If you’ve just started your journey in personal finance, you’ll likely encounter the term “CDP Account” sooner or later.
Just one of the many phrases in financial jargon that may seem daunting to some of you unfamiliar with the financial industry.
But fret not, we’ve been there done that (just like Pitbull), and we’re here to explain what exactly a CDP account is.
By the end of this article, you should be equipped with all the knowledge when it comes to CDP accounts.
What is a CDP Account?
Very simply, the term “CDP” means “Central Depositary” and has 3 main roles: Being a Central Counterparty, a Securities Settlement System, and a Central Securities Depository.
CDP was established by SGX (Singapore Exchange) in 1987 and secures all your transactions of Singaporean shares.
More financial jargon, yes. But I’ll walk you through what these terms mean!
Role 1: Central Counterparty
The CDP fulfils its role as the Central Counterparty by securing all your transactions on the SGX.
It does so by acting as the buyer to each seller and the seller to each buyer – just like a middleman – eliminating buyers’ credit and sellers’ delivery risks.
You can think of the CDP as the Singapore Exchange providing insurance on all your assets traded in the Singaporean market.
The CDP as a Central Counterparty eliminates settlement uncertainty for you should you wish to buy or sell any security on the market.
Role 2: Securities Settlement System
This system ensures that your securities (stocks, ETFs, etc.) get delivered regardless of whether you are buying or selling.
You can opt to settle your trades on a Delivery Versus Payment or Free of Charge basis.
Delivery Versus Payment means that securities are only transferred when funds have been transferred.
On the other hand, Free of Charge does not require a corresponding flow of funds to transfer securities.
Role 3: Central Securities Depository
This role of the CDP means that the CDP will hold all your securities for you.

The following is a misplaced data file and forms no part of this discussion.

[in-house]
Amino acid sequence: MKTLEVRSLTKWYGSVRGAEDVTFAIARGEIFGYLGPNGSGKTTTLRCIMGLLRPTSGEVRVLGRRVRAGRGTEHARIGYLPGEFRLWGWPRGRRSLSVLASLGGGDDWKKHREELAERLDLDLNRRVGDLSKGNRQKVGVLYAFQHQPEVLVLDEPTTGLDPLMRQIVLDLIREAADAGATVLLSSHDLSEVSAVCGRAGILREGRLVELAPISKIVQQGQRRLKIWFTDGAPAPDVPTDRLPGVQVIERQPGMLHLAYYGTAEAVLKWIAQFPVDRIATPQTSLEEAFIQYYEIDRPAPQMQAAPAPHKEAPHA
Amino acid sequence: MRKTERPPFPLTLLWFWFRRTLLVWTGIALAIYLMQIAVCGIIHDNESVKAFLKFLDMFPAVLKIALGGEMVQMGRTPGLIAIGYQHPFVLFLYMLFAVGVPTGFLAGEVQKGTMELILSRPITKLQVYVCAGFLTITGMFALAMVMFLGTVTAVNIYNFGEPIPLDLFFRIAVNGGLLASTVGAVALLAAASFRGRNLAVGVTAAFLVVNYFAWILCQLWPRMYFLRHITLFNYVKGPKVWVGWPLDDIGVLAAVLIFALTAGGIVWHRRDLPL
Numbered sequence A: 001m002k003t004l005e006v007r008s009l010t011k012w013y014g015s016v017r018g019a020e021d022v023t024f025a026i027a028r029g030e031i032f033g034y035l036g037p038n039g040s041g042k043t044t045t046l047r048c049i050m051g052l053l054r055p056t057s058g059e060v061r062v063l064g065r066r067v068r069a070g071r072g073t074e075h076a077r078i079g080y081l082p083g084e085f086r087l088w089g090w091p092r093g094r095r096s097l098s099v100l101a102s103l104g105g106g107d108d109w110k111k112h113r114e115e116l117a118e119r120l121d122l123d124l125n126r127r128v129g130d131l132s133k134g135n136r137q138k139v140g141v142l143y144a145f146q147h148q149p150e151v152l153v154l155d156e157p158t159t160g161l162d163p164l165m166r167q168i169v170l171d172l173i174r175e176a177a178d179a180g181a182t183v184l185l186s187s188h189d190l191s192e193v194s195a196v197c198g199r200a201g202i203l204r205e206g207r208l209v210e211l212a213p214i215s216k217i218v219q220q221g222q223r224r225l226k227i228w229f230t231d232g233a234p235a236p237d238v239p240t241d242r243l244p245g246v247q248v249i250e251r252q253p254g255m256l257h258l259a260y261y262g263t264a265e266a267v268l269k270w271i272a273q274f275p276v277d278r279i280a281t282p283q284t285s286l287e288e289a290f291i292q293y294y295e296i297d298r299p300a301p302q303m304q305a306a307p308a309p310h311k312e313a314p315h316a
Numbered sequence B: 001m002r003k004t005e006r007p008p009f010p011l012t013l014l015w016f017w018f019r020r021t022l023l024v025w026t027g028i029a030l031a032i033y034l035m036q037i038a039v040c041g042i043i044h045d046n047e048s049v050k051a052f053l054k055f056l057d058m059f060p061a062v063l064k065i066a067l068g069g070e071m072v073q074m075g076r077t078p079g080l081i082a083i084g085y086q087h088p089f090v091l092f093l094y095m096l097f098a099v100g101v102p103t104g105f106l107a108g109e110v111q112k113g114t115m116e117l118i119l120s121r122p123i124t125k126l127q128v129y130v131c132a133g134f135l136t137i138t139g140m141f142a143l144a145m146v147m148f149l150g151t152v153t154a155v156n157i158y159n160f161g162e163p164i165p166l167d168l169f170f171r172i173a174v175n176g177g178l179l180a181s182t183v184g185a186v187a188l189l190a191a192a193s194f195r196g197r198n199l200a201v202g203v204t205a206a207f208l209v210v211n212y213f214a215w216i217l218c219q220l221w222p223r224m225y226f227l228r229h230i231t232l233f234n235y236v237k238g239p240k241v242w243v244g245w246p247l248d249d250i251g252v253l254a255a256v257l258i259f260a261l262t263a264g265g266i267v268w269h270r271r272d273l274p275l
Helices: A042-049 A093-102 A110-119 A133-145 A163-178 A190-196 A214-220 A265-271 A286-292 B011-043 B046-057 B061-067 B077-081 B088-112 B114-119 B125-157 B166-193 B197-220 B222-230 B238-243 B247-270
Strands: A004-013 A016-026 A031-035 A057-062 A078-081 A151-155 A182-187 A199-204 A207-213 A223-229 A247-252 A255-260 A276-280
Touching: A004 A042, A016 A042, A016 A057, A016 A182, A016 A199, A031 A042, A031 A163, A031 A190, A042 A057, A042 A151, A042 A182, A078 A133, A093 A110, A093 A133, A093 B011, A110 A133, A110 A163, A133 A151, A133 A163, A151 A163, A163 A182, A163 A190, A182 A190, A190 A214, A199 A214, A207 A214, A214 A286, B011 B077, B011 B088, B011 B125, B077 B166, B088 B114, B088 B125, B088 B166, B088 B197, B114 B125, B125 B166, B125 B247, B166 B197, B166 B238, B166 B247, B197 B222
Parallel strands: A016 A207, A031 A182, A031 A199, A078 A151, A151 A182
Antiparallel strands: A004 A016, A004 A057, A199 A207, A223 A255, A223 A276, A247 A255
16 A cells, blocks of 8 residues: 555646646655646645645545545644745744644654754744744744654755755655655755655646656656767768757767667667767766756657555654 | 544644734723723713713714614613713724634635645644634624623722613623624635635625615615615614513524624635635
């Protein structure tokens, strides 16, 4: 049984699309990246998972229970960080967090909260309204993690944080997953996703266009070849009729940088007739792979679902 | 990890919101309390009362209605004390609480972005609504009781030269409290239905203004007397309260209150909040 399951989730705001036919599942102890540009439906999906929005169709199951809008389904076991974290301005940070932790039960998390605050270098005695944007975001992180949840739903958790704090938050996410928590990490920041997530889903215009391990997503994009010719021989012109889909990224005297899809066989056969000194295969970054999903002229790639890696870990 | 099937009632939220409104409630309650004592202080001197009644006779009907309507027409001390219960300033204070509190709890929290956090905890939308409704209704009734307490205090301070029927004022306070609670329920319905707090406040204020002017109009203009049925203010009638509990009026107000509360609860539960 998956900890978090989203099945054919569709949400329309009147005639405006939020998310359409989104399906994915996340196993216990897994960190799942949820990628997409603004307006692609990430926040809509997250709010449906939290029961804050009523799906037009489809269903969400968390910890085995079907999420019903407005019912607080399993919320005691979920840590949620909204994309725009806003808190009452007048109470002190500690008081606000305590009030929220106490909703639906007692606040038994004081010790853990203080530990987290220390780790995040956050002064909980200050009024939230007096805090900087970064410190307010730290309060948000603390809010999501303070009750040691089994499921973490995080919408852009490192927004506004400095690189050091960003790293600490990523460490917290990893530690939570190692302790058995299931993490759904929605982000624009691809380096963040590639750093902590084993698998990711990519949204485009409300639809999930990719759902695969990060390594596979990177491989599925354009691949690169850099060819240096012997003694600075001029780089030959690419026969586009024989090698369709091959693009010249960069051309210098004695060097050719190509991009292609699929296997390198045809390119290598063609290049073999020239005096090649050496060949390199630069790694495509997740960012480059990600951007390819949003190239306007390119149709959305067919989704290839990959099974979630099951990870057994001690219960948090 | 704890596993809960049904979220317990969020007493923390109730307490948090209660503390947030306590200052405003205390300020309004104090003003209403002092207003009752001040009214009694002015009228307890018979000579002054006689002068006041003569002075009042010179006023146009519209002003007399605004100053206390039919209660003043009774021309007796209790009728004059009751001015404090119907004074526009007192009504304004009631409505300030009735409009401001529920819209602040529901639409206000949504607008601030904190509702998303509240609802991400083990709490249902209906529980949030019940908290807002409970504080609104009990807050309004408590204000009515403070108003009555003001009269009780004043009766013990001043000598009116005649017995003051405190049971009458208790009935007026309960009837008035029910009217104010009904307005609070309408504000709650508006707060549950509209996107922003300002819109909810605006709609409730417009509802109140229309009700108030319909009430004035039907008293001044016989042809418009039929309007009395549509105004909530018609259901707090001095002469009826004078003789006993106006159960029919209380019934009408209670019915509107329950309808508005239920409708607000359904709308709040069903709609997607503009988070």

Just as a bank may hold some of your savings, all securities traded through a CDP-linked trading account will be held in the CDP.
There is an alternative to keeping your shares in the CDP, but we’ll get to that later in the article.
3 Types of CDP Accounts
There are 3 main categories of CDP accounts: Individual, Joint, and Corporate.
I’ll explain what all 3 entail, but note that most of you interested in personal finance will likely be looking to open either Individual or Joint accounts.
Firstly, we’ve got your Individual accounts.
These are your “standard” personal accounts which you open just for your personal trading of stocks and other securities.
Also, this is currently the only type of account you can open online without having to mail physical documents to SGX.
Some important things to note about Individual accounts:
- You have to be 18 and above to be eligible to open your Individual account.
- You cannot be an undischarged bankrupt.
- You can create your account via the SGX website and sign in using MyInfo (MyInfo will quickly retrieve all your personal information for you).
- You can only apply for Singapore Treasury Bills and Singapore Saving Bonds through Individual accounts.
Only you have access to this account, and you’ll need a broker (that’s a Depositary Agent) alongside your individual CDP account to trade on the Singaporean market.
While Individual accounts only give access to an individual person, Joint accounts can be held under 2 distinctive persons.
Joint accounts can be further separated into 2 subtypes: Joint-Alternate accounts and Joint-And accounts.
Opening a Joint-Alternate account means that either of the applicants can give instructions to CDP.
These instructions can consist of trading shares or withdrawing money from the CDP.
Direct Credit Servicing (DCS) is another thing to take note of when deciding what type of account to open.